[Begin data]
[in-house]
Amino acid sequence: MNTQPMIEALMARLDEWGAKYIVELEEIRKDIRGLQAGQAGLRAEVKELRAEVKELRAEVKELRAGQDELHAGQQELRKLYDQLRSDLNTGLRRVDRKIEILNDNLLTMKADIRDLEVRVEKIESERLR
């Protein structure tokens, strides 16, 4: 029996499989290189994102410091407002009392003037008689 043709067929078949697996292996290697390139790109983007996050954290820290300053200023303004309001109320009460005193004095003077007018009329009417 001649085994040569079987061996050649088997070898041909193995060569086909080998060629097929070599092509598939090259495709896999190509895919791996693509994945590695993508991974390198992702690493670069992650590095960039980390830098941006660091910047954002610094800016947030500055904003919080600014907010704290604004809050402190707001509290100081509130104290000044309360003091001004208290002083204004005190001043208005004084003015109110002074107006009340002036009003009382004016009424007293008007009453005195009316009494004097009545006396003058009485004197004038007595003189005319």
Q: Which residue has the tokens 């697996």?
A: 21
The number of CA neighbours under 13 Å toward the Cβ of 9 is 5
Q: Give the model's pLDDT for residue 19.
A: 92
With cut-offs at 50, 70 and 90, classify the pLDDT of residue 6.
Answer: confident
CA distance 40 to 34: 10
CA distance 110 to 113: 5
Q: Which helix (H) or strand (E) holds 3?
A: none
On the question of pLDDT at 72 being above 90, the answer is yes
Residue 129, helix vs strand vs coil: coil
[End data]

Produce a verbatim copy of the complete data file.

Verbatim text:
[in-house]
Amino acid sequence: MNTQPMIEALMARLDEWGAKYIVELEEIRKDIRGLQAGQAGLRAEVKELRAEVKELRAEVKELRAGQDELHAGQQELRKLYDQLRSDLNTGLRRVDRKIEILNDNLLTMKADIRDLEVRVEKIESERLR
């Protein structure tokens, strides 16, 4: 029996499989290189994102410091407002009392003037008689 043709067929078949697996292996290697390139790109983007996050954290820290300053200023303004309001109320009460005193004095003077007018009329009417 001649085994040569079987061996050649088997070898041909193995060569086909080998060629097929070599092509598939090259495709896999190509895919791996693509994945590695993508991974390198992702690493670069992650590095960039980390830098941006660091910047954002610094800016947030500055904003919080600014907010704290604004809050402190707001509290100081509130104290000044309360003091001004208290002083204004005190001043208005004084003015109110002074107006009340002036009003009382004016009424007293008007009453005195009316009494004097009545006396003058009485004197004038007595003189005319």
Q: Which residue has the tokens 């697996």?
A: 21
The number of CA neighbours under 13 Å toward the Cβ of 9 is 5
Q: Give the model's pLDDT for residue 19.
A: 92
With cut-offs at 50, 70 and 90, classify the pLDDT of residue 6.
Answer: confident
CA distance 40 to 34: 10
CA distance 110 to 113: 5
Q: Which helix (H) or strand (E) holds 3?
A: none
On the question of pLDDT at 72 being above 90, the answer is yes
Residue 129, helix vs strand vs coil: coil